Fewer teachers apply for master educator premiums

Fewer Idaho teachers applied for the final round of financial bonuses intended to reward the state’s highest performing veteran educators.

During the application period last month, 653 teachers applied for the master educator premiums, State Board of Education spokesman Mike Keckler said. That’s down from 1,397 applications last year.

The premiums are a $4,000 per year reward that is renewable for three years, bringing the total value to $12,000 for a successful applicant.

The Legislature passed a law that discontinues the premium program, meaning this is the final year of applicants that will be eligible for the premium.

The idea was to replace the premiums, which faced a rocky rollout and criticism from teachers last year, with a new pay level on the state’s career ladder salary allocation.

The class of new applicants is smaller than the inaugural class of teachers that applied during the first year of the program in 2019. Last year, the state approved 1,307 of 1,397 applications yielding a 94 percent approval rate.

At one point, state officials estimated 8,000 to 10,000 educators would meet the minimum eligibility criteria. That means thousands of teachers who were eligible did not apply for the premiums.

In order to earn a premium, educators had to meet service requirements, complete a lengthy portfolio application and evidence documenting mastery.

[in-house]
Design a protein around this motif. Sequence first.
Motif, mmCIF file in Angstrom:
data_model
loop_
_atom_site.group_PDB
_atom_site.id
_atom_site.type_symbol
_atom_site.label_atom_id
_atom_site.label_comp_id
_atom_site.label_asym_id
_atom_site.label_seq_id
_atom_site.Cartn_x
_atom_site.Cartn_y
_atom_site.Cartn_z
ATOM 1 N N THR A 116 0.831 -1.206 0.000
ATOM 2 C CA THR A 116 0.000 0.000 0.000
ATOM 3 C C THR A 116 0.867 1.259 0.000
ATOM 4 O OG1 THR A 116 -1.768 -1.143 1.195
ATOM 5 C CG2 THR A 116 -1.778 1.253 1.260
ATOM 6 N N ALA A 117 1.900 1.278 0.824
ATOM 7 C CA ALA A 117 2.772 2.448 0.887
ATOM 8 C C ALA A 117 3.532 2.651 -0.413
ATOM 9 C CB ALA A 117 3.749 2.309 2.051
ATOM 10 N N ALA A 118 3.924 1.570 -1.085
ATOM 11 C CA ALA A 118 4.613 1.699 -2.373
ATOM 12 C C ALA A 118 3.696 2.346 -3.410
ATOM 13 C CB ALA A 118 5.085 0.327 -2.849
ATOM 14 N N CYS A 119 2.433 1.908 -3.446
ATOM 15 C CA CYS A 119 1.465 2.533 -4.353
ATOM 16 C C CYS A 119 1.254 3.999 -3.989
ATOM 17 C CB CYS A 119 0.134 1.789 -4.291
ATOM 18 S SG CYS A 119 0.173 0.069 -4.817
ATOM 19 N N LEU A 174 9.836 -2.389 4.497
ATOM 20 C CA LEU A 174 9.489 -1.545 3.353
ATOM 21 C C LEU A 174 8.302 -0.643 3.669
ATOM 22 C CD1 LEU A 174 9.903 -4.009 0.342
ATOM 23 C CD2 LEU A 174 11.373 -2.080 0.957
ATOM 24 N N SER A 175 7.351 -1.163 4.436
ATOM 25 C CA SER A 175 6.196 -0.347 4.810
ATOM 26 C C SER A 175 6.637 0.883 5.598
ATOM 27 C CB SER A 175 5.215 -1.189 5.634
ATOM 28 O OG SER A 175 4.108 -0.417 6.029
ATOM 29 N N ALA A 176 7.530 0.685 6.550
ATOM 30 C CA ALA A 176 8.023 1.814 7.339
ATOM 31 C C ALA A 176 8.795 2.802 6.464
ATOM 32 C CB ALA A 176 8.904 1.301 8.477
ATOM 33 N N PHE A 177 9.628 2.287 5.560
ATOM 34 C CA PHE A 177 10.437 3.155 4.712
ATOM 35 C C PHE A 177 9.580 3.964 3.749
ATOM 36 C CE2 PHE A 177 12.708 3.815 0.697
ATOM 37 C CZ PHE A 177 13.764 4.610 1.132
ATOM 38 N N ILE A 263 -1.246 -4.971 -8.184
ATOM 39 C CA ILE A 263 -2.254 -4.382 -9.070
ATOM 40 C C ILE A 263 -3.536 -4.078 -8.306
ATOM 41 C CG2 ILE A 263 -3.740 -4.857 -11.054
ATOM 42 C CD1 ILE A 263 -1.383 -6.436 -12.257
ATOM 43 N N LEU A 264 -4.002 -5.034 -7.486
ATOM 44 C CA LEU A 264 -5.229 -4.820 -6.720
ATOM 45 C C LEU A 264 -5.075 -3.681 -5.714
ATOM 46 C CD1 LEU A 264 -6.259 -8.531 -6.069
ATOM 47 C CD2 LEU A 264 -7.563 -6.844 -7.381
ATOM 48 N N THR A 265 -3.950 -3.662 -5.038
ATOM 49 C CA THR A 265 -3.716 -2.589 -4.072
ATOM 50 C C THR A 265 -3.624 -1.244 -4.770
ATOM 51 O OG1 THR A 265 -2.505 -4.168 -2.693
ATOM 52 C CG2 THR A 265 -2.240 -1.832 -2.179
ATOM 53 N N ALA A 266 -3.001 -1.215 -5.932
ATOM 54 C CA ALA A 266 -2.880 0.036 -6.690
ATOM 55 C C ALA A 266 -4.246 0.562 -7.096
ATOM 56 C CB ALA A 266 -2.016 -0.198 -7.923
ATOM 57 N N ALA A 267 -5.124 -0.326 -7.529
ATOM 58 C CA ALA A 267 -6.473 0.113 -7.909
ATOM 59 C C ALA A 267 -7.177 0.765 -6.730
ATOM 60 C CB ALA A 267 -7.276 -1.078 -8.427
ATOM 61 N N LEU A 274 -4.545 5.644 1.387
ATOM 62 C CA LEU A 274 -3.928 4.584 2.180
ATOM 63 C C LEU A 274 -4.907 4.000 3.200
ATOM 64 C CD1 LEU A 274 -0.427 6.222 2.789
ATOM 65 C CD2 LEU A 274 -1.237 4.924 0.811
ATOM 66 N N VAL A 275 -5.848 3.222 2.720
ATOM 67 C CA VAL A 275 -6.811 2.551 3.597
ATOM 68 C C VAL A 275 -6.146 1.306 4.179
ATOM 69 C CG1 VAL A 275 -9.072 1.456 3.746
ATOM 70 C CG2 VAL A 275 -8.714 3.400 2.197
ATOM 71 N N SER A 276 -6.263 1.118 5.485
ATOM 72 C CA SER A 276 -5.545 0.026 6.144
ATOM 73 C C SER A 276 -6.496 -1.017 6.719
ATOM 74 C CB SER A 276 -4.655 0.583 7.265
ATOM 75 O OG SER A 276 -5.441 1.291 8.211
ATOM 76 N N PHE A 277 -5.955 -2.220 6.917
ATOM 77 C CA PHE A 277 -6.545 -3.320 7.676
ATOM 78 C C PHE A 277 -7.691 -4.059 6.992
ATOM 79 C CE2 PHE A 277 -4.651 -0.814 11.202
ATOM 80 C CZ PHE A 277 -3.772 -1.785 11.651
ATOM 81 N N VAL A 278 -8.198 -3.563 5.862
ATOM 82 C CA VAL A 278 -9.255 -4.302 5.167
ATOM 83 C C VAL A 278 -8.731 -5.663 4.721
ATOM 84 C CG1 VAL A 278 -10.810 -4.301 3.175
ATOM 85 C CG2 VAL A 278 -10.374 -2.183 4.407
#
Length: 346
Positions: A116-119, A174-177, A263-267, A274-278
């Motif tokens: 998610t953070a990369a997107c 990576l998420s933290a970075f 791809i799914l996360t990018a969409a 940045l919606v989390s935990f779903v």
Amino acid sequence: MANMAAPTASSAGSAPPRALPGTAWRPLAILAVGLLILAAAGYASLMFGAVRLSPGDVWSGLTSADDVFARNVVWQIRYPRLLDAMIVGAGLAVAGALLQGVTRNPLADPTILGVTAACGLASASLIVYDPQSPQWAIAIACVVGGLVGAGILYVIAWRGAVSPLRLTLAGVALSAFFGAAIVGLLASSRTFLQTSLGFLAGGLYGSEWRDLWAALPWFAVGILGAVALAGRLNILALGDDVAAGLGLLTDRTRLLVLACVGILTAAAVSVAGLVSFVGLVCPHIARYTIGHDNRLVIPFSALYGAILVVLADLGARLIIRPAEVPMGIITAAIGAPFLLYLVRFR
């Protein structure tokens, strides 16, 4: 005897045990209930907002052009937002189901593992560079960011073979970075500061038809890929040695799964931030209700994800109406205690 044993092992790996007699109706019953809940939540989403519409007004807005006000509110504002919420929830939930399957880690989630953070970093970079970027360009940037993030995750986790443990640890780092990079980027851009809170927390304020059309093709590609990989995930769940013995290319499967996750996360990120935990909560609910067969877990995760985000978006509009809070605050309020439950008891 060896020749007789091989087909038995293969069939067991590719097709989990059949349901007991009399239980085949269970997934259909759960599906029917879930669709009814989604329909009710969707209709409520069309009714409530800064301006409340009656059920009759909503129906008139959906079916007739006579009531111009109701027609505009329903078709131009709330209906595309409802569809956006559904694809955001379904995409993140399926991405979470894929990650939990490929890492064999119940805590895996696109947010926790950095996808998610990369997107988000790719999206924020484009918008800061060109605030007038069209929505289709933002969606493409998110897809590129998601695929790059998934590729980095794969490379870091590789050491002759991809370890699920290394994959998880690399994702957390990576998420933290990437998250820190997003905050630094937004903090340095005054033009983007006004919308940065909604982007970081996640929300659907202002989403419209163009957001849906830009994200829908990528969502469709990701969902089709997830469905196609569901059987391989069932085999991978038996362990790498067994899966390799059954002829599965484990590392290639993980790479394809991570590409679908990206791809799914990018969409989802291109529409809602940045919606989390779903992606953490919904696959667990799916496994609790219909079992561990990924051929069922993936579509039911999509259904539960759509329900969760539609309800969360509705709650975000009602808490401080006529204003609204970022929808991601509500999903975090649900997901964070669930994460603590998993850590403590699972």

Some educators said the application process was too cumbersome and turned teachers off. Some educators reported spending 80-120 hours completing the applications. Top educators, including 2019 Teacher of the Year Marc Beitia and 2017 NEA Horace Mann Award winner Sonia Galaviz, did not apply for the premiums last year.

Before premiums can be awarded, State Board staff members are reviewing about 200 applications for portfolio evaluators who will review and score the applications.

“We plan to notify applicants by early August whether they will or will not receive the premium,” Keckler said. “There will be an appeals process, too.”

Even though the Legislature is phasing out the premium program, teachers who earned the premium this year and last will receive it for the full three years.

 

Clark Corbin

About Clark Corbin

Reporter Clark Corbin has covered Idaho government and education for more than a decade. He’s followed every legislative session, gavel-to-gavel, since 2011. Clark is a co-host of the Extra Credit podcast with Kevin Richert published on Fridays. You can follow him on Twitter: @clarkcorbin. He can be reached by email at [email protected]

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